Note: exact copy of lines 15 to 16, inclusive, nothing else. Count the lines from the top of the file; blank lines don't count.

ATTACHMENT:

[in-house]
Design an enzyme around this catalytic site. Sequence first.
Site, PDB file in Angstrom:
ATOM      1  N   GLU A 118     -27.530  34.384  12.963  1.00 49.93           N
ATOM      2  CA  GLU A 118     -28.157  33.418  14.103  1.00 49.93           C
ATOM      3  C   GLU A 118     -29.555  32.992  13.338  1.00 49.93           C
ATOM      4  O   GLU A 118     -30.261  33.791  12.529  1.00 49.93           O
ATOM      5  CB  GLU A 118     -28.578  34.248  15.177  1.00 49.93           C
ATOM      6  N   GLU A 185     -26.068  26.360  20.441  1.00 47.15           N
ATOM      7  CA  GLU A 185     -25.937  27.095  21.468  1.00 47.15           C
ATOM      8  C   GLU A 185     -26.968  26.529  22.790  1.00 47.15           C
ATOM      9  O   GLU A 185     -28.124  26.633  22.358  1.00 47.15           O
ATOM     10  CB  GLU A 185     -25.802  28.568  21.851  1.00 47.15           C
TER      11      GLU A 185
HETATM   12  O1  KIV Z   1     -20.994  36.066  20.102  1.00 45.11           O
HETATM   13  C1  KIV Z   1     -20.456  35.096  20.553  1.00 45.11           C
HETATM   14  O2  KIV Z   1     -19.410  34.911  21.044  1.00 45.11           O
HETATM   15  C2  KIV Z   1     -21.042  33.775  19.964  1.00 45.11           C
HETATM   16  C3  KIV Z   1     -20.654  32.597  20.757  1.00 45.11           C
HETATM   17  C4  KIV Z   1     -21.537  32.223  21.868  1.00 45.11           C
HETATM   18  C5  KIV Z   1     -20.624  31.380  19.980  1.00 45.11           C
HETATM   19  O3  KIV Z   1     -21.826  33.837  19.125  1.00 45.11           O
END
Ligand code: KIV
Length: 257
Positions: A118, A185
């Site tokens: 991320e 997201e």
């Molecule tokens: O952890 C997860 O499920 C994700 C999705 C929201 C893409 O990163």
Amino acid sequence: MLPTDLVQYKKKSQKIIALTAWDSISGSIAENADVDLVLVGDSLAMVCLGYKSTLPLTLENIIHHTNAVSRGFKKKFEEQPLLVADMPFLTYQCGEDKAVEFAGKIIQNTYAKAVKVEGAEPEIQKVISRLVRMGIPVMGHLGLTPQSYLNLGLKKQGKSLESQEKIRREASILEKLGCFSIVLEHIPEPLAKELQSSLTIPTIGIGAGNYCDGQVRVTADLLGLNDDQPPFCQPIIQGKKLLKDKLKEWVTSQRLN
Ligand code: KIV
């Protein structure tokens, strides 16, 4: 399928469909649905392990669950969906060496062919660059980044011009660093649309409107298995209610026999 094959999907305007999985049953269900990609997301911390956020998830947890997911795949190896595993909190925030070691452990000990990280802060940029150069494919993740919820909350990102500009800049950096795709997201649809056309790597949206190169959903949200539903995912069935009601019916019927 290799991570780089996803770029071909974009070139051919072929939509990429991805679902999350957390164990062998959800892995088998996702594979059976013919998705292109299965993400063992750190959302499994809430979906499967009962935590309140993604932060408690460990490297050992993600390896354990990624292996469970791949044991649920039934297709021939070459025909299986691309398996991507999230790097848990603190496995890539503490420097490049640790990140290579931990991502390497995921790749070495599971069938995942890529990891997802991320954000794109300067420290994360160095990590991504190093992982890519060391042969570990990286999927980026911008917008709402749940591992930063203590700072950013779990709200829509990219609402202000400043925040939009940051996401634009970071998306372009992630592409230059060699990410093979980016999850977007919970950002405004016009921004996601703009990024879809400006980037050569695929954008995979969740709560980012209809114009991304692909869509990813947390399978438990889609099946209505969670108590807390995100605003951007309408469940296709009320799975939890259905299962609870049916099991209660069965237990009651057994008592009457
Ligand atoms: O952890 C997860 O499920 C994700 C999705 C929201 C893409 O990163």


HETATM   12  O1  KIV Z   1     -20.994  36.066  20.102  1.00 45.11           O
HETATM   13  C1  KIV Z   1     -20.456  35.096  20.553  1.00 45.11           C